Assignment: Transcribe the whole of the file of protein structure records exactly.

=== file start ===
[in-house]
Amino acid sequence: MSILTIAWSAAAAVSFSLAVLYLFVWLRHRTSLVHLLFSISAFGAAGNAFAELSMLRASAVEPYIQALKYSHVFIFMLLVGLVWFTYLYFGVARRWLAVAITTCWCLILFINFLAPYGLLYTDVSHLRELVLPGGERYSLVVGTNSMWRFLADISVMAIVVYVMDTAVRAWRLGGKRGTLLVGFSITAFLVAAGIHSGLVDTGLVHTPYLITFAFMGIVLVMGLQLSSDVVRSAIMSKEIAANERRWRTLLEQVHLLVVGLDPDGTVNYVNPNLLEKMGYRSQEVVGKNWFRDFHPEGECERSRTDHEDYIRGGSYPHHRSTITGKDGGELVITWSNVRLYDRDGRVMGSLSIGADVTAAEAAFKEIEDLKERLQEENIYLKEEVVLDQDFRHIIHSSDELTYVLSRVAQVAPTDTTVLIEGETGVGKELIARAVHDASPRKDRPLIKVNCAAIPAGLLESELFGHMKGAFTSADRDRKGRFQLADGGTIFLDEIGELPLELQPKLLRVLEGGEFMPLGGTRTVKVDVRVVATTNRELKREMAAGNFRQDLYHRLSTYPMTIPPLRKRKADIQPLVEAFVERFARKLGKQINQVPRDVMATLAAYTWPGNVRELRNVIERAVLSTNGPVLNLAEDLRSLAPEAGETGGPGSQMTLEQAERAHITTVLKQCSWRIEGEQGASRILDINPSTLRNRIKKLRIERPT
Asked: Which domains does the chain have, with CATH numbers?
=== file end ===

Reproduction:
[in-house]
Amino acid sequence: MSILTIAWSAAAAVSFSLAVLYLFVWLRHRTSLVHLLFSISAFGAAGNAFAELSMLRASAVEPYIQALKYSHVFIFMLLVGLVWFTYLYFGVARRWLAVAITTCWCLILFINFLAPYGLLYTDVSHLRELVLPGGERYSLVVGTNSMWRFLADISVMAIVVYVMDTAVRAWRLGGKRGTLLVGFSITAFLVAAGIHSGLVDTGLVHTPYLITFAFMGIVLVMGLQLSSDVVRSAIMSKEIAANERRWRTLLEQVHLLVVGLDPDGTVNYVNPNLLEKMGYRSQEVVGKNWFRDFHPEGECERSRTDHEDYIRGGSYPHHRSTITGKDGGELVITWSNVRLYDRDGRVMGSLSIGADVTAAEAAFKEIEDLKERLQEENIYLKEEVVLDQDFRHIIHSSDELTYVLSRVAQVAPTDTTVLIEGETGVGKELIARAVHDASPRKDRPLIKVNCAAIPAGLLESELFGHMKGAFTSADRDRKGRFQLADGGTIFLDEIGELPLELQPKLLRVLEGGEFMPLGGTRTVKVDVRVVATTNRELKREMAAGNFRQDLYHRLSTYPMTIPPLRKRKADIQPLVEAFVERFARKLGKQINQVPRDVMATLAAYTWPGNVRELRNVIERAVLSTNGPVLNLAEDLRSLAPEAGETGGPGSQMTLEQAERAHITTVLKQCSWRIEGEQGASRILDINPSTLRNRIKKLRIERPT
Asked: Which domains does the chain have, with CATH numbers?